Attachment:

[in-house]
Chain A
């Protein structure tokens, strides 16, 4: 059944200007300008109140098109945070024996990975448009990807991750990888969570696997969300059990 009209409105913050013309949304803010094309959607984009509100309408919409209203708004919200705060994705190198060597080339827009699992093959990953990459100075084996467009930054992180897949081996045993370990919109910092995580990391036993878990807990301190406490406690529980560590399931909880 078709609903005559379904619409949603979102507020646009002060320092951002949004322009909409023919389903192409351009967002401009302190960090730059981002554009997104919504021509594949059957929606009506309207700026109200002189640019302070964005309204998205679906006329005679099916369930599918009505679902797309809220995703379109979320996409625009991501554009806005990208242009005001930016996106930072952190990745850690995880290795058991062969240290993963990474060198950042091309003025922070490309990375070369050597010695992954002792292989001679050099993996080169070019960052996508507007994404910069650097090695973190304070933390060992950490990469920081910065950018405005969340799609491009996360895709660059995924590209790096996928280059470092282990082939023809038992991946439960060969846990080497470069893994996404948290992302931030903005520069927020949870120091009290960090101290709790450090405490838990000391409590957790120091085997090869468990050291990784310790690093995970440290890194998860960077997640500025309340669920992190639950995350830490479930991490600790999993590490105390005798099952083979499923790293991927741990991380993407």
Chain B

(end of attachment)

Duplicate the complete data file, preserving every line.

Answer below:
[in-house]
Chain A
């Protein structure tokens, strides 16, 4: 059944200007300008109140098109945070024996990975448009990807991750990888969570696997969300059990 009209409105913050013309949304803010094309959607984009509100309408919409209203708004919200705060994705190198060597080339827009699992093959990953990459100075084996467009930054992180897949081996045993370990919109910092995580990391036993878990807990301190406490406690529980560590399931909880 078709609903005559379904619409949603979102507020646009002060320092951002949004322009909409023919389903192409351009967002401009302190960090730059981002554009997104919504021509594949059957929606009506309207700026109200002189640019302070964005309204998205679906006329005679099916369930599918009505679902797309809220995703379109979320996409625009991501554009806005990208242009005001930016996106930072952190990745850690995880290795058991062969240290993963990474060198950042091309003025922070490309990375070369050597010695992954002792292989001679050099993996080169070019960052996508507007994404910069650097090695973190304070933390060992950490990469920081910065950018405005969340799609491009996360895709660059995924590209790096996928280059470092282990082939023809038992991946439960060969846990080497470069893994996404948290992302931030903005520069927020949870120091009290960090101290709790450090405490838990000391409590957790120091085997090869468990050291990784310790690093995970440290890194998860960077997640500025309340669920992190639950995350830490479930991490600790999993590490105390005798099952083979499923790293991927741990991380993407």
Chain B